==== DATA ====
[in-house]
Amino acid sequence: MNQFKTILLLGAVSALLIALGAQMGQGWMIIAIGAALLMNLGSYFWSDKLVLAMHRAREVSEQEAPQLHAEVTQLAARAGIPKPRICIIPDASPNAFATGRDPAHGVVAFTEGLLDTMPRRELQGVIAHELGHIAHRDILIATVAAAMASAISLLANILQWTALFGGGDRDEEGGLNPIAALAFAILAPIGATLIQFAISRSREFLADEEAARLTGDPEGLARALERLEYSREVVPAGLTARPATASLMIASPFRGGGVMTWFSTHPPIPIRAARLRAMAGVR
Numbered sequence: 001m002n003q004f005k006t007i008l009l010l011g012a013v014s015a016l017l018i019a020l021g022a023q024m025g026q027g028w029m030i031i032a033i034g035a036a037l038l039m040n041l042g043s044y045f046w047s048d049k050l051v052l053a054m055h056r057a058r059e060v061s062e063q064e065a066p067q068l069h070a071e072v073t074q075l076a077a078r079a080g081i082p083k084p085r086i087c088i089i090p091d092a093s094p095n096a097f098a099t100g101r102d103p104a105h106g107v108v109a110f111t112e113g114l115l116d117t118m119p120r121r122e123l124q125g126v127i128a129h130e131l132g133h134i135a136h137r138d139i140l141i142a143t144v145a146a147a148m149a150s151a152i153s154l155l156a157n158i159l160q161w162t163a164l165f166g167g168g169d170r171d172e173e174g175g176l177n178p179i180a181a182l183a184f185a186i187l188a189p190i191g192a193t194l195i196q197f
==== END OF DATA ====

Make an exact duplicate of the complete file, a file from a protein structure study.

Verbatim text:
[in-house]
Amino acid sequence: MNQFKTILLLGAVSALLIALGAQMGQGWMIIAIGAALLMNLGSYFWSDKLVLAMHRAREVSEQEAPQLHAEVTQLAARAGIPKPRICIIPDASPNAFATGRDPAHGVVAFTEGLLDTMPRRELQGVIAHELGHIAHRDILIATVAAAMASAISLLANILQWTALFGGGDRDEEGGLNPIAALAFAILAPIGATLIQFAISRSREFLADEEAARLTGDPEGLARALERLEYSREVVPAGLTARPATASLMIASPFRGGGVMTWFSTHPPIPIRAARLRAMAGVR
Numbered sequence: 001m002n003q004f005k006t007i008l009l010l011g012a013v014s015a016l017l018i019a020l021g022a023q024m025g026q027g028w029m030i031i032a033i034g035a036a037l038l039m040n041l042g043s044y045f046w047s048d049k050l051v052l053a054m055h056r057a058r059e060v061s062e063q064e065a066p067q068l069h070a071e072v073t074q075l076a077a078r079a080g081i082p083k084p085r086i087c088i089i090p091d092a093s094p095n096a097f098a099t100g101r102d103p104a105h106g107v108v109a110f111t112e113g114l115l116d117t118m119p120r121r122e123l124q125g126v127i128a129h130e131l132g133h134i135a136h137r138d139i140l141i142a143t144v145a146a147a148m149a150s151a152i153s154l155l156a157n158i159l160q161w162t163a164l165f166g167g168g169d170r171d172e173e174g175g176l177n178p179i180a181a182l183a184f185a186i187l188a189p190i191g192a193t194l195i196q197f